FIGS. 5A and 5B illustrate examples of vector pattern phase shifts.
FIG. 6 is a block diagram showing various equipment that may be used to implement various embodiments of the processes described in this document.
DETAILED DESCRIPTION
This disclosure is not limited to the particular systems, methodologies or protocols described, as these may vary. The terminology used in this description is for the purpose of describing the particular versions or embodiments only, and is not intended to limit the scope.
As used in this document, any word in singular form, along with the singular forms “a,” “an” and “the,” include the plural reference unless the context clearly dictates otherwise. Unless defined otherwise, all technical and scientific terms used herein have the same meanings as commonly understood by one of ordinary skill in the art. All publications mentioned in this document are incorporated by reference. Nothing in this document is to be construed as an admission that the embodiments described in this document are not entitled to antedate such disclosure by virtue of prior invention. As used in this document, the term “comprising” means “including, but not limited to.”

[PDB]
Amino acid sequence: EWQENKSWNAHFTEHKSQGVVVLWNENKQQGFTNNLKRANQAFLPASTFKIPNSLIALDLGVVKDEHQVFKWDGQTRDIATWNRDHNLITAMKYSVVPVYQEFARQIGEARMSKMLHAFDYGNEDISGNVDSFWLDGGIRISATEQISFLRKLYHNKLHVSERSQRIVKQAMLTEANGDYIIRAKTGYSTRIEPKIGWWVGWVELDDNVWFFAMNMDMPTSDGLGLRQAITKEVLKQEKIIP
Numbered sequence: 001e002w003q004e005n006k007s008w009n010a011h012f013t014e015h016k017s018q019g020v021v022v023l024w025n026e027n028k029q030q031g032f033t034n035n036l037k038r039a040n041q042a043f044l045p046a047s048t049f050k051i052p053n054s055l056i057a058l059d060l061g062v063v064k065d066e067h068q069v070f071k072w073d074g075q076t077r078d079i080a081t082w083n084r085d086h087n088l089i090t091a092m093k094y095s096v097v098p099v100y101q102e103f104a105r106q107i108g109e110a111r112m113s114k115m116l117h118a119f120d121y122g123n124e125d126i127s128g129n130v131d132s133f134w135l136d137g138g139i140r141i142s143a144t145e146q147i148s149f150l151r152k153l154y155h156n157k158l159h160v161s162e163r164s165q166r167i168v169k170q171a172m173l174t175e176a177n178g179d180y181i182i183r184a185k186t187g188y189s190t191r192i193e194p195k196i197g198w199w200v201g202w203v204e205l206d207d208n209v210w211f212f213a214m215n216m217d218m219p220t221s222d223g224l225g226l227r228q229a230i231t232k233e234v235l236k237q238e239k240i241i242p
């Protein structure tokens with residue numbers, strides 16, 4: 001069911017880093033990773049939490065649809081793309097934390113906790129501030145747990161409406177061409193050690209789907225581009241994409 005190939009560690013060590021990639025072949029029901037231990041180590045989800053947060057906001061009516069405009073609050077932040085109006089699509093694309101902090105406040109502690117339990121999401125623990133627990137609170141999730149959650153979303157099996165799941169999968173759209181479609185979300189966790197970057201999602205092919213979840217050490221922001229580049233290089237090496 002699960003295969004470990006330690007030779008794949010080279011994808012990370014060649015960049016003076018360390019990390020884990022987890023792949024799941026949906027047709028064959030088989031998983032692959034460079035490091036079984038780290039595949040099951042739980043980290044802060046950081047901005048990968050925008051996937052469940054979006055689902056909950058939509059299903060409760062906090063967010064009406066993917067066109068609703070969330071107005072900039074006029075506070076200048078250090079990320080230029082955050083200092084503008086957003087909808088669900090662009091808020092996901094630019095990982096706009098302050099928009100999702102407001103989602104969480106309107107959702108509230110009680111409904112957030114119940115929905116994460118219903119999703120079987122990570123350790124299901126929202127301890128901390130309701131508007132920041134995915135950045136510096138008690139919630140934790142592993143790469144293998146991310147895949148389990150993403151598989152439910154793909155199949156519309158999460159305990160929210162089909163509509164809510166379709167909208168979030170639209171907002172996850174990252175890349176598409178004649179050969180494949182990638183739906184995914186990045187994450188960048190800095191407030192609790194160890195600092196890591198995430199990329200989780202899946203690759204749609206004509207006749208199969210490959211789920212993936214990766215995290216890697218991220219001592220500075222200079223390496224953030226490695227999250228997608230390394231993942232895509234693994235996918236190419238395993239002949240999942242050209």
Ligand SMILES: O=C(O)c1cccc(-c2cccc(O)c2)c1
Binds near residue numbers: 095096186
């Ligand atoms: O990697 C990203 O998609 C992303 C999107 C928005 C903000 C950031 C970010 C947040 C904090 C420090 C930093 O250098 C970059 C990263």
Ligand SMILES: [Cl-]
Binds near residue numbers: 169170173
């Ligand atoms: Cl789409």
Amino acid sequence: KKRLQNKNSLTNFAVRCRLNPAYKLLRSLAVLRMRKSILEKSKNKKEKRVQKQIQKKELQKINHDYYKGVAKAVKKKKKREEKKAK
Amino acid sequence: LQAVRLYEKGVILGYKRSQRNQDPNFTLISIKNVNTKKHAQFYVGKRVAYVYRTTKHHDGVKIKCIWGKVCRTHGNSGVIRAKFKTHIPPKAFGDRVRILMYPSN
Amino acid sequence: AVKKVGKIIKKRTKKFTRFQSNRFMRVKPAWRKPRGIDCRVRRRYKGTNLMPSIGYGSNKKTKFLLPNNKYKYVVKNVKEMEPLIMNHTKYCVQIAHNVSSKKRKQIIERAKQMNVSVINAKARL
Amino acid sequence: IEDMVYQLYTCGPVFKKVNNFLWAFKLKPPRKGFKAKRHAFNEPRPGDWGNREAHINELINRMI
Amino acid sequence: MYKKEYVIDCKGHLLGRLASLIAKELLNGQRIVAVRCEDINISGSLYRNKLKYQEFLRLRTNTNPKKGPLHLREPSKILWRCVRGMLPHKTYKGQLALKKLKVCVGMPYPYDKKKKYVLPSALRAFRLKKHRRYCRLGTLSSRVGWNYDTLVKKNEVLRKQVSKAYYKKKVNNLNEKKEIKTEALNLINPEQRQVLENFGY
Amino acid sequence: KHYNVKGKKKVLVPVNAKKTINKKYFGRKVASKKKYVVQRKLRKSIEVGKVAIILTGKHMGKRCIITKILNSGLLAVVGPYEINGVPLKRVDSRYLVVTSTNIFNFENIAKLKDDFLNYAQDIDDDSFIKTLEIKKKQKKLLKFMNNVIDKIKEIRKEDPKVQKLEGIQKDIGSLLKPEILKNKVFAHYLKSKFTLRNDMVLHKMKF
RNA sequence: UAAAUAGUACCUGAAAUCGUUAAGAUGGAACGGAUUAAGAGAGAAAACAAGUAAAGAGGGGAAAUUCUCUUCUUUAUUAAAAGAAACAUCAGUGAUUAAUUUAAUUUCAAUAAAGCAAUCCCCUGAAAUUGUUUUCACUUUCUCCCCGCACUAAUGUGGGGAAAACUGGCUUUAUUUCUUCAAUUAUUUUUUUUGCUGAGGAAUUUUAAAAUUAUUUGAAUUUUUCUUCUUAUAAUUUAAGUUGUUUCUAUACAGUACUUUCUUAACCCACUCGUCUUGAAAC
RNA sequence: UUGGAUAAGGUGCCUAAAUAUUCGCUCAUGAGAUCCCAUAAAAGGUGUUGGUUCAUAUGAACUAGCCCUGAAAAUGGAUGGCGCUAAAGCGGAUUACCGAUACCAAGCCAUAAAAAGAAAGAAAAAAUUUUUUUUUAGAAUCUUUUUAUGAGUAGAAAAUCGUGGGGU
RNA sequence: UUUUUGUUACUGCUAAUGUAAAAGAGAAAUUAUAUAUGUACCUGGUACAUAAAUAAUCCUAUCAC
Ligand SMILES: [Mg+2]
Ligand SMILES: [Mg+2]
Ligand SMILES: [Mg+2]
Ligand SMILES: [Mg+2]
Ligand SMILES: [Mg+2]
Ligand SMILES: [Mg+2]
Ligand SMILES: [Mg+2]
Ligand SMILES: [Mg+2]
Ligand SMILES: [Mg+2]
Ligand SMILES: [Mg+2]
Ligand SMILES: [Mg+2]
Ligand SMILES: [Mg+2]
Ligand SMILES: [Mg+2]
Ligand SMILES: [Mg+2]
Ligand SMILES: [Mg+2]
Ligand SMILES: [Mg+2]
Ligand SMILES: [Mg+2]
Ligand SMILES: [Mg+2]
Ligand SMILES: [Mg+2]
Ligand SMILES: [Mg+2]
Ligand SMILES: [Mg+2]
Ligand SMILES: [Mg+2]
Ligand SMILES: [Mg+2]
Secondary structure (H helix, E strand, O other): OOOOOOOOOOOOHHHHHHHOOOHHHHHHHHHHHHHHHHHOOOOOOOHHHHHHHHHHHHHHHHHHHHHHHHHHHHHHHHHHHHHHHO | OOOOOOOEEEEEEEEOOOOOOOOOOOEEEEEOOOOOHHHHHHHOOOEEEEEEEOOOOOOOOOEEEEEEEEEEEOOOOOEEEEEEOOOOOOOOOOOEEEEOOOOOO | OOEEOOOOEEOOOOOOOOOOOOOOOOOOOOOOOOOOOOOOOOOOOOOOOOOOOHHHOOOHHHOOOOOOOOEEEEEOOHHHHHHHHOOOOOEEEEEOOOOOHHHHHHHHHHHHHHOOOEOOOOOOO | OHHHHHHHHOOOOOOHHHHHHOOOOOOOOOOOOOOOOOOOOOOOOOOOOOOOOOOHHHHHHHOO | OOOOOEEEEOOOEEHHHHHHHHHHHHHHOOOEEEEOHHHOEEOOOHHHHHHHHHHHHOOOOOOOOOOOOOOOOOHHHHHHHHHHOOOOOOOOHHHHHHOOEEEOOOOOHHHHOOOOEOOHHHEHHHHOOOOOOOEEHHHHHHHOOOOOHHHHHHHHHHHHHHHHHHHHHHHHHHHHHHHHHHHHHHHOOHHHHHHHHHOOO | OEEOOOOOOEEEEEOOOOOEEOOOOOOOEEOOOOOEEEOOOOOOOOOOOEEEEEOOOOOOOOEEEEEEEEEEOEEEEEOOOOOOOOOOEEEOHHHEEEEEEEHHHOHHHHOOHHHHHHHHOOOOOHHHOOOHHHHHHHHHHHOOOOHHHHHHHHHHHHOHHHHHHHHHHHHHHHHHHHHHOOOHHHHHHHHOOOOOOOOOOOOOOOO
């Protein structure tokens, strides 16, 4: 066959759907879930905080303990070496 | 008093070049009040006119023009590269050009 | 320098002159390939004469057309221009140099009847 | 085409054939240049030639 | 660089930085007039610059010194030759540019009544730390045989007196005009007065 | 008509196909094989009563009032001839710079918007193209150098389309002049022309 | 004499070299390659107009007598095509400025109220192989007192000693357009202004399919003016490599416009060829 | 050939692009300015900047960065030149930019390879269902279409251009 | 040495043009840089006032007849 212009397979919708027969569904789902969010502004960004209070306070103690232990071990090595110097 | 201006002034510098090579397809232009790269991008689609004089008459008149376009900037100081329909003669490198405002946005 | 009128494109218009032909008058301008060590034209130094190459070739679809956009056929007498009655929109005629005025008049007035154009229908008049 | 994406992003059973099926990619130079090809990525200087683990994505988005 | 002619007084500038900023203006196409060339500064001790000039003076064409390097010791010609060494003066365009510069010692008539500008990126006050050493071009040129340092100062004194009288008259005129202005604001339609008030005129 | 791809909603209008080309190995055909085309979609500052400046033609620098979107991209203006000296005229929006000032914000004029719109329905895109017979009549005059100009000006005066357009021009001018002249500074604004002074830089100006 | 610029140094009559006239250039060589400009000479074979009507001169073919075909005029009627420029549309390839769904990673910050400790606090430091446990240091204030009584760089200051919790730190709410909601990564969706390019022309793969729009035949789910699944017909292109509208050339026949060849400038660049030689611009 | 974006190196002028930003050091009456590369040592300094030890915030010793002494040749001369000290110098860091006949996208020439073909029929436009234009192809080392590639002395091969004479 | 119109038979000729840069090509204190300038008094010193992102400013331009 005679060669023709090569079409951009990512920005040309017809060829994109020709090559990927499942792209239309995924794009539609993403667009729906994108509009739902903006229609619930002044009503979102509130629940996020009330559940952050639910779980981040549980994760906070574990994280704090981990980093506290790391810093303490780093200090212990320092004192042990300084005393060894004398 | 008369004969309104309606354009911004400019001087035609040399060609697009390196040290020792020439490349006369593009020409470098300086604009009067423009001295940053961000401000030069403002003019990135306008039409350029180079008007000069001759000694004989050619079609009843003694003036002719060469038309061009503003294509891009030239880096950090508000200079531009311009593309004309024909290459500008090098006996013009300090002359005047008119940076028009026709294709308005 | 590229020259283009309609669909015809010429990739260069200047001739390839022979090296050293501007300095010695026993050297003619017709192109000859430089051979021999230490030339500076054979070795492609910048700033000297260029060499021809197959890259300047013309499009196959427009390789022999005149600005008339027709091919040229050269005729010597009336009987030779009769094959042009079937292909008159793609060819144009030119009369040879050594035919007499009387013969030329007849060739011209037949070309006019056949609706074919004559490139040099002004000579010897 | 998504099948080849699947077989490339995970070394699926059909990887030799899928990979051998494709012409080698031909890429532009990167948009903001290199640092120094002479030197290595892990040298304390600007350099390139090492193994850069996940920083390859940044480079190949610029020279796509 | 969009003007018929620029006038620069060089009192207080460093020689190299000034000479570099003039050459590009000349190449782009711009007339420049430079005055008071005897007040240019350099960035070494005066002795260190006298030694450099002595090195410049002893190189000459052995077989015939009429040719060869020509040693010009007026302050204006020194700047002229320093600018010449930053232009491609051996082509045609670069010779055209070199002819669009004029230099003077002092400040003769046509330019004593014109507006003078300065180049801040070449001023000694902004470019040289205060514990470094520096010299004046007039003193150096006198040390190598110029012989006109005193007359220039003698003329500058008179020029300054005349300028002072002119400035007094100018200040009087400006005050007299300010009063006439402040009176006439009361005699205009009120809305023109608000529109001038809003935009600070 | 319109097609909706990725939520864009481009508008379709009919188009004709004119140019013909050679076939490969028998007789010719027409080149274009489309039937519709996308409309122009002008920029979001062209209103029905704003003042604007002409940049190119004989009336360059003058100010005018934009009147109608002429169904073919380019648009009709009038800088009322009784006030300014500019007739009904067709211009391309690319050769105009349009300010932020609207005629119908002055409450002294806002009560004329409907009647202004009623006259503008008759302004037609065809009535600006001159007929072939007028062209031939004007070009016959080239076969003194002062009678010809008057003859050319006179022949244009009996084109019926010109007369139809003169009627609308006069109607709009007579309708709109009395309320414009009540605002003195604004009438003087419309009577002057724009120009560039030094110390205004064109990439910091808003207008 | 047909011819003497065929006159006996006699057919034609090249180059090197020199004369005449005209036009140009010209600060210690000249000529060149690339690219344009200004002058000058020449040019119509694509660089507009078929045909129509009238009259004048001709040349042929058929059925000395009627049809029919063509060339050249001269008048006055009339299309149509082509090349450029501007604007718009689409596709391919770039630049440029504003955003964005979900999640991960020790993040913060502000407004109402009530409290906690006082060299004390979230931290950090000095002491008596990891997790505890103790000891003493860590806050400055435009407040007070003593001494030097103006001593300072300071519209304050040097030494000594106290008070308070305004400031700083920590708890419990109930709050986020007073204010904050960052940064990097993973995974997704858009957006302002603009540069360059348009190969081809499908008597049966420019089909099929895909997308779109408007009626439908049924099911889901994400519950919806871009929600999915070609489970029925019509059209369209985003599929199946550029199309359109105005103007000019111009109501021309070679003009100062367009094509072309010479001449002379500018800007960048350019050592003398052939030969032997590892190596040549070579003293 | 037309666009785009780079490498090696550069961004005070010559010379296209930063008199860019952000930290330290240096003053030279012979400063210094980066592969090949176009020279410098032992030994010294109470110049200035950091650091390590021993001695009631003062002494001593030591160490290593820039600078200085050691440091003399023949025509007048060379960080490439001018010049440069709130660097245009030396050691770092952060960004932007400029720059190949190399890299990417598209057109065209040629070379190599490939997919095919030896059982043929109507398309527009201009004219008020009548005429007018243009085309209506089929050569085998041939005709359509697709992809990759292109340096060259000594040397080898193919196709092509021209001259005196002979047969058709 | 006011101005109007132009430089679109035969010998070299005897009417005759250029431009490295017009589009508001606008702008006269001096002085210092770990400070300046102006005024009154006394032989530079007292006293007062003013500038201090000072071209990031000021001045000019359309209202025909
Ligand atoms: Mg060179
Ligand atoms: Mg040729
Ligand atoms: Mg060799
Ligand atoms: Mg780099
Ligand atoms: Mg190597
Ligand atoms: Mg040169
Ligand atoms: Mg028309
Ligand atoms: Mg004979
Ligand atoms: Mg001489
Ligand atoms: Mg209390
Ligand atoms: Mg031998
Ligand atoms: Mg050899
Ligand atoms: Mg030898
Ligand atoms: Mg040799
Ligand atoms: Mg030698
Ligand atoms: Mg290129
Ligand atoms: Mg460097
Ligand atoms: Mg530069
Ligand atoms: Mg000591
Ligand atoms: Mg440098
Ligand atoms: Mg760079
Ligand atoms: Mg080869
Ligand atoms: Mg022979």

In this disclosure, the term “barcode” refers to a pattern or symbol that contains encoded data. Barcodes may include, for example, one-dimensional barcodes, two-dimensional barcodes such as matrix codes, Quick Response (“QR”) codes, Aztec codes and the like, or three-dimensional barcodes.
In this disclosure, the term “document” refers to any substrate onto which content is or has been printed. The content may be printed on the substrate using toner and/or ink. The document may, for example, include one or more areas comprising characters, and/or one or more other areas comprising images.